NEW YORK (GenomeWeb News) – A new UK initiative will invest up to £5 million ($7.7 million) in grants to businesses conducting research that use high-throughput sequencing and other genomics technologies, the UK's Technology Strategy Board said Thursday.
The TSB is a business-led public entity that was established by the government to fund research that seeks to develop and exploit technologies and innovations that can boost economic growth and improve life.
The competition, which will start in October, will seek to fund work by consortia that use high-throughput sequencing for genome analysis and other genomics technologies to enable development of new products and processes.
TSB sees genomic information as being useful in an array of applications, including development of biomedical research, livestock and crop species selective breeding, novel therapeutics, vaccines, and antimicrobials.
"The UK is well positioned due to its high-quality science base and significant commercial life sciences sector," Ian Gray, CEO of the TSB, said in a statement. "The challenge for UK business is to capitalize on the opportunities provided by these technological advances."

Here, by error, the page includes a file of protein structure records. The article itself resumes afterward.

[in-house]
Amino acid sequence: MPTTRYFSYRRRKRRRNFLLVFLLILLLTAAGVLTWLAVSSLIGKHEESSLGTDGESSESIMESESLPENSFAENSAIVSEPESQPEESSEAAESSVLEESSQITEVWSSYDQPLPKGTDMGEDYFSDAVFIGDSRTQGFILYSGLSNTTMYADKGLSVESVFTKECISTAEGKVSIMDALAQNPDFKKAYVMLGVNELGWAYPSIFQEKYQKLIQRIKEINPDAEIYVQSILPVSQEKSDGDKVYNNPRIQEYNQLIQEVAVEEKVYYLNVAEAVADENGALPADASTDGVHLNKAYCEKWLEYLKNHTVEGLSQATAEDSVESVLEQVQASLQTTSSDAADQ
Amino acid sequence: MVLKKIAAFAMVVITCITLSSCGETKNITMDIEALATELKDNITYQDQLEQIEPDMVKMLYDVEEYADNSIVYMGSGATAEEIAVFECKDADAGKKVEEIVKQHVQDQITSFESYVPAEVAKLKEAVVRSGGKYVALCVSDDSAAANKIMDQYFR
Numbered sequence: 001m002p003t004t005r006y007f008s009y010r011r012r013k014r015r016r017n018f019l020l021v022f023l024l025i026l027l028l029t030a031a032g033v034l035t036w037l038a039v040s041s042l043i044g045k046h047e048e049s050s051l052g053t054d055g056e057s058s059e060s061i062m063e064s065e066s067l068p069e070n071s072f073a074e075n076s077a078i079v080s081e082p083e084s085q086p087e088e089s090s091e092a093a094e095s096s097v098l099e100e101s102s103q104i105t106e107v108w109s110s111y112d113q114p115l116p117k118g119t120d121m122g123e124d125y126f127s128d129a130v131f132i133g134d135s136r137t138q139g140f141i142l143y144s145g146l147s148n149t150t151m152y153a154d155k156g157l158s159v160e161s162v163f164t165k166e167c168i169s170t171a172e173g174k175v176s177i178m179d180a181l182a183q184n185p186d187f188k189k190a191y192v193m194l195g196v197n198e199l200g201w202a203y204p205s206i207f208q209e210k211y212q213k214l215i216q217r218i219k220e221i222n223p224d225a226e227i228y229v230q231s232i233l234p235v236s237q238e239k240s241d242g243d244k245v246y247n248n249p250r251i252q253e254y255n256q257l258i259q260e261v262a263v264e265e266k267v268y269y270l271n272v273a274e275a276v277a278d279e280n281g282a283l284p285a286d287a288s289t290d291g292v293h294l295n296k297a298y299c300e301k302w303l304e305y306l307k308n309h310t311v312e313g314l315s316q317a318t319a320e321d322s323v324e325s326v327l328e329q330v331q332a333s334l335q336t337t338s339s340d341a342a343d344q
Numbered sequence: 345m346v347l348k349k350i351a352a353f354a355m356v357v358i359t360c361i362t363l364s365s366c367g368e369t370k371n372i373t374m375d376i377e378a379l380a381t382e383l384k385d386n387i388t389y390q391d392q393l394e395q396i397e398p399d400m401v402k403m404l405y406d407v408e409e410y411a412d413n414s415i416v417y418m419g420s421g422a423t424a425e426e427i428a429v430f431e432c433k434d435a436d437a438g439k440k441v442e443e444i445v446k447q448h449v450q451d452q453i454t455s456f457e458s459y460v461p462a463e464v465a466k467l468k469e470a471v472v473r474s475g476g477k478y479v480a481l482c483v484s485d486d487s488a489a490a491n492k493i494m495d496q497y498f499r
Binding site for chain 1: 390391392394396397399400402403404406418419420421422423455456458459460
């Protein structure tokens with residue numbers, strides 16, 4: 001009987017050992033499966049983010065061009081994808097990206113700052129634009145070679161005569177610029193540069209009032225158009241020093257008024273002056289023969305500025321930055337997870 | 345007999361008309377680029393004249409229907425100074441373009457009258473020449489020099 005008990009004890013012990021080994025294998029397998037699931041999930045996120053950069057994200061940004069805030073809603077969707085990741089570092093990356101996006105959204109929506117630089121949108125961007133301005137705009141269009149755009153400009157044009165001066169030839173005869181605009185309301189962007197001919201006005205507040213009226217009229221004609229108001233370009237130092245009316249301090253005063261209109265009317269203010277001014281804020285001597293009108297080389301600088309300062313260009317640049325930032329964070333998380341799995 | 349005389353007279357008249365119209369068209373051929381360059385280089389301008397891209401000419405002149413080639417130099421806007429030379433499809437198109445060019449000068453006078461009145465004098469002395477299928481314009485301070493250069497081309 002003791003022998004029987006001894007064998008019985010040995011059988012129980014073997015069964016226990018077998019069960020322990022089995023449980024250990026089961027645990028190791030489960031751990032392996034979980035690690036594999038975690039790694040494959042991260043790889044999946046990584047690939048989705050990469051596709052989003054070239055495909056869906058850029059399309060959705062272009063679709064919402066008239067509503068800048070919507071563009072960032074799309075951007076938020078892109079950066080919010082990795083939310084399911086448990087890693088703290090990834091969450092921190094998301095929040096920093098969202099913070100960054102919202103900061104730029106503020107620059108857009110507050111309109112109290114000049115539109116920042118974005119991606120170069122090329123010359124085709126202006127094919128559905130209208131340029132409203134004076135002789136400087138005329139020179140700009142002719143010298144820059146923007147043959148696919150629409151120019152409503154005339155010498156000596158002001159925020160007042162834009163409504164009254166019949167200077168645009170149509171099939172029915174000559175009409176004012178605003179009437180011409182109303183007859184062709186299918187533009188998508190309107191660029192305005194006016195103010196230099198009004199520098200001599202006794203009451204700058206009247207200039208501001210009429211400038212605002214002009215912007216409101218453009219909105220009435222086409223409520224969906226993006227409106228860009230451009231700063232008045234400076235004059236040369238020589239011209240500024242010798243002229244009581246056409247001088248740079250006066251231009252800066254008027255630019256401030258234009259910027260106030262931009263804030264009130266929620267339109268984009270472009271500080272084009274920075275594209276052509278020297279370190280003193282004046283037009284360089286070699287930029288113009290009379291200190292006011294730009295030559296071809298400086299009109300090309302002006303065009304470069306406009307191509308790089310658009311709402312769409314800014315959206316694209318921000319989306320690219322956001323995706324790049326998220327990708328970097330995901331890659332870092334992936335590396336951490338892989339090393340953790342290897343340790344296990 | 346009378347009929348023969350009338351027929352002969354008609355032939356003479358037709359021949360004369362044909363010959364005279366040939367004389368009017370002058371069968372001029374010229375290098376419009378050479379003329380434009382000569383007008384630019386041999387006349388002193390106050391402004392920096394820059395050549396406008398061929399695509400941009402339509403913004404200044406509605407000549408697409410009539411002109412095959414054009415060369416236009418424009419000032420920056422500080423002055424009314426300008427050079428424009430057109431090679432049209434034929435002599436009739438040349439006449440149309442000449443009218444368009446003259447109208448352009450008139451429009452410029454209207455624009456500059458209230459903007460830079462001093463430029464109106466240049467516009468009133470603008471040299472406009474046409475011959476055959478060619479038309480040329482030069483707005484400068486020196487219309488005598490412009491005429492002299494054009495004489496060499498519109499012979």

Businesses applying for the funding may propose using technologies that involve, but are not limited to, identification of economically important traits in livestock and crops and the development of tools to exploit that knowledge; identification of novel biomarkers for screening or diagnostics; studying metagenomics for various biotech and agriculture applications; identifying and monitoring infectious outbreaks; development of novel vaccines and microbials; or genetic improvements in commercially relevant organisms.
"While we expect that sequence data will underpin all projects, we envisage that consortia will use a number of 'omics techniques to enable the translation of this information into commercially relevant applications," TSB added.
Such projects could entail sequencing the full or partial genome of a species whose information is not yet available or resequencing projects that would provide important new information about a species.